Covid Inquiry: Without proper accountability we are doomed to dysfunction - The Irish News view

Inquiry hearings in Belfast provide damning evidence that lessons of RHI scandal were not learned

Caral Ni Chuilin gave evidence to the UK Covid-19 Inquiry hearing
Caral Ni Chuilin gave evidence to the UK Covid-19 Inquiry and apologised for the hurt caused by attending the funeral of Bobby Storey (Brian Lawless/PA)

It was to be expected that the UK Covid-19 Inquiry, which has been sitting in Belfast for the last week, would pose uncomfortable questions for politicians and officials as lawyers drill into the detail of decision-making that had the potential to dictate life or death during an unprecedented public health emergency.

Hearings in London have previously laid bare the dysfunction at the heart of the British government, which struggled initially to get to grips with the crisis and fatally undermined public messaging with a culture of partying at Downing Street while ordinary families were denied visits to dying relatives.

It was also painfully clear that the pandemic response in Northern Ireland sometimes fell far short of standards we should expect from public representatives.

Ministers at Stormont were at times in open conflict over the extent of Covid restrictions and the attendance of senior Sinn Féin politicians at the funeral of Bobby Storey was a source of enormous anger and resentment, a point acknowledged by former communities minister Carál Ní Chuilín yesterday.

Yet even allowing for the infighting that appears endemic at Stormont, the extraordinary circumstances that governments around the world were confronted with, and the speed with which critical decisions had to be made, evidence to the inquiry so far makes for disturbing reading.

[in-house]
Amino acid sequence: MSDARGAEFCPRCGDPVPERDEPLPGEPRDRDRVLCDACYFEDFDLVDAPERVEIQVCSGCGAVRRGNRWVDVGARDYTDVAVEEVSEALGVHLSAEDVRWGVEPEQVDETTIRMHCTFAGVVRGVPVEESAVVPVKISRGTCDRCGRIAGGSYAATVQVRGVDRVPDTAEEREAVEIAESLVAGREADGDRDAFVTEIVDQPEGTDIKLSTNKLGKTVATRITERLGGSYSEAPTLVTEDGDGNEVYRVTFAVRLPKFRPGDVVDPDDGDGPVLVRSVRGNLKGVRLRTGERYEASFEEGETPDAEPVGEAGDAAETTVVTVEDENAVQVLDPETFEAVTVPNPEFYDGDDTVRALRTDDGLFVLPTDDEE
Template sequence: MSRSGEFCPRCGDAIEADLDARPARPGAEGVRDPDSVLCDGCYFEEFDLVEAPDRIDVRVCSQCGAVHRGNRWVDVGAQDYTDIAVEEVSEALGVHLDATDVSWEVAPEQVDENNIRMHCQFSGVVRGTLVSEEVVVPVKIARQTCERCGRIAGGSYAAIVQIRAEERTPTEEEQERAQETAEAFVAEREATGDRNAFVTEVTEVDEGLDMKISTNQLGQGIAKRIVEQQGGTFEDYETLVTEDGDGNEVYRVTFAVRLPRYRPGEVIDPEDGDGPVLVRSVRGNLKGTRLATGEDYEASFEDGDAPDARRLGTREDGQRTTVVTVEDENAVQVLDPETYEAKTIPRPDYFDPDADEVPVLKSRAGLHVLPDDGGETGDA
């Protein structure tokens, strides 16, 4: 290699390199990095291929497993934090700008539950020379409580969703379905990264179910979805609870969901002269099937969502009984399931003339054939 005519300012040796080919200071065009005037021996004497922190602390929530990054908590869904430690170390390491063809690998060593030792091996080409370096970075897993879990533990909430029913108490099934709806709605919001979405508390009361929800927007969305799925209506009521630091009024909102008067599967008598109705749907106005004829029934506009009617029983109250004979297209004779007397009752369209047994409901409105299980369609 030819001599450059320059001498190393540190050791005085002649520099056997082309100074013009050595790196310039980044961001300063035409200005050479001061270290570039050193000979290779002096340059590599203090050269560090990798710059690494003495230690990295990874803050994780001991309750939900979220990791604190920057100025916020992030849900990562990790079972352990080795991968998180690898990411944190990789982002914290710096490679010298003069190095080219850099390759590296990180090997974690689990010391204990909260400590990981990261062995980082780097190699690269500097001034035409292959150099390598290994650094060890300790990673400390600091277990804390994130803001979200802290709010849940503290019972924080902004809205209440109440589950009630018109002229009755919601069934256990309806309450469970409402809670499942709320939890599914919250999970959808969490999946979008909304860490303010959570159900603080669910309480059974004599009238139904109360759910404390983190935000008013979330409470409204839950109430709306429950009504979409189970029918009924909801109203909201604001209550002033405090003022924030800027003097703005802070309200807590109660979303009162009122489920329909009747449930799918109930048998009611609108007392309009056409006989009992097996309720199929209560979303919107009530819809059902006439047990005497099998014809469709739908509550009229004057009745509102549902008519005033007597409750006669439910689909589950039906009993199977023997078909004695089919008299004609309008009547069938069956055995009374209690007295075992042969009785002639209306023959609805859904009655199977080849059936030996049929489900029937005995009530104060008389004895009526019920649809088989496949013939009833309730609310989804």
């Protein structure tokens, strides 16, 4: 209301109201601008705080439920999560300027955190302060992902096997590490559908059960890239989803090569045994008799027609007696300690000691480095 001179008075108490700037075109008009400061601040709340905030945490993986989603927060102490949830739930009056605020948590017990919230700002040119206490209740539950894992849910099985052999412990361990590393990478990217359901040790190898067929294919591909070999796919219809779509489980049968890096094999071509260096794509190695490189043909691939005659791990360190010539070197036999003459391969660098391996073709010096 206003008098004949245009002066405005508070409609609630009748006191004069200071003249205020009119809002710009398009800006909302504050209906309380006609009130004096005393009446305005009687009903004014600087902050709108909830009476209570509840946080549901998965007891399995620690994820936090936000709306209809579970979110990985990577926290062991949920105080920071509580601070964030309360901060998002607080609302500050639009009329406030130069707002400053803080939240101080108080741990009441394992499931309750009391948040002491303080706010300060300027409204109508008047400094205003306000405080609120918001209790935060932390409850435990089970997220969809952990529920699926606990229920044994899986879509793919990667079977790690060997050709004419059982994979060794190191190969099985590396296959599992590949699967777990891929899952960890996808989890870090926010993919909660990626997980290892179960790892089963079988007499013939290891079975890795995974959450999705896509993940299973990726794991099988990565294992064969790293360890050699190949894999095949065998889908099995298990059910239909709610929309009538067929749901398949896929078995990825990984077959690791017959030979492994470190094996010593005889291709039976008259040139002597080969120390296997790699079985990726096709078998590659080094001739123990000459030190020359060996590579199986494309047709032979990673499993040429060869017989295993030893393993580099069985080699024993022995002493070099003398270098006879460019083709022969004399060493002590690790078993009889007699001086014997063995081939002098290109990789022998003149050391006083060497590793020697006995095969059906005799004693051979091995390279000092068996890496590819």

In particular, it seems inconceivable that deficiencies so publicly exposed during the RHI Inquiry were still evident in the structures of government during Covid.

The New Decade, New Approach deal, agreed just weeks before the pandemic struck, had given a commitment to “greater transparency and improved governance arrangements that are aimed at securing and maintaining public confidence”.

Instead, evidence of lost minutes, wiped phones and general breakdowns of communication suggest no lessons were learned from the green energy scandal.

Now another report will be published, apologies issued, and pledges to reform made, while the public will likely conclude that we will find ourselves in the same position once again when the next crisis emerges a few years down the line.

Retired appeal court judge Sir Patrick Coghlin opened the inquiry into the Renewable Heat Incentive (RHI) Scheme. Picture Mal McCann.
Lessons have not been learned from the RHI Inquiry

Shortcomings in accountability mechanisms must partly explain the seemingly entrenched failings at both political and civil service levels.

The RHI Inquiry somehow resulted in only minimal repercussions for officials, while ministers seem determined to ride out any controversy or criticism that comes their way, calculating perhaps that the tribal nature of politics here ensures they are unlikely to be punished at the polls.

Every fresh revelation, however, eats away at trust and confidence in our power-sharing arrangements and makes a mockery of commitments to a fresh start each time devolution is restored.

Without true accountability it is hard to see how our failing system of government will change. The families of Covid victims, for a start, deserve much better.